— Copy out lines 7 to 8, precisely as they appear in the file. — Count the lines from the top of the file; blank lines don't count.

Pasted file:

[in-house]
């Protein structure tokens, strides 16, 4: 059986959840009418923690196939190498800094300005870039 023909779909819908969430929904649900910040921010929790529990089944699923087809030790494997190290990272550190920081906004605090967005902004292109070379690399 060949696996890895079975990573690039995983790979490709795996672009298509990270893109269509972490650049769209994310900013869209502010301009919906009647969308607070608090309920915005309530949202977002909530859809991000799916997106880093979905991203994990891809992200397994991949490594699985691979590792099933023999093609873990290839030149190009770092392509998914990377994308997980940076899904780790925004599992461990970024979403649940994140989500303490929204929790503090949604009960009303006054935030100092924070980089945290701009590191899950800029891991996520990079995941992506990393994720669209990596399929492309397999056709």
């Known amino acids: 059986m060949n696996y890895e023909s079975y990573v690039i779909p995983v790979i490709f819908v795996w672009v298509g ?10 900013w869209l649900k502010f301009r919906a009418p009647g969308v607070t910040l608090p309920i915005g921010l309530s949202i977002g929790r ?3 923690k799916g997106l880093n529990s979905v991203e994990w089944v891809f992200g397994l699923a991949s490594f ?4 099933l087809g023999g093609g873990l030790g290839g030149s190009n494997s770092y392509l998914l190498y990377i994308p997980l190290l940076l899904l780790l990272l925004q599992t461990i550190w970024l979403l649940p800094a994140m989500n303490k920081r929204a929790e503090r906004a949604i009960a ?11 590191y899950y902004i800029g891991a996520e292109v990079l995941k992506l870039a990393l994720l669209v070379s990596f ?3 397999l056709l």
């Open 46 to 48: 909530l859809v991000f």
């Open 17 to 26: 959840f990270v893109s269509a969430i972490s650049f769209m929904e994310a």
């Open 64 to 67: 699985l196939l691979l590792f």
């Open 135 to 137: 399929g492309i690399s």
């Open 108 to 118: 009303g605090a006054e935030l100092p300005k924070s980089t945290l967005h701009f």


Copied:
């Open 135 to 137: 399929g492309i690399s």
């Open 108 to 118: 009303g605090a006054e935030l100092p300005k924070s980089t945290l967005h701009f």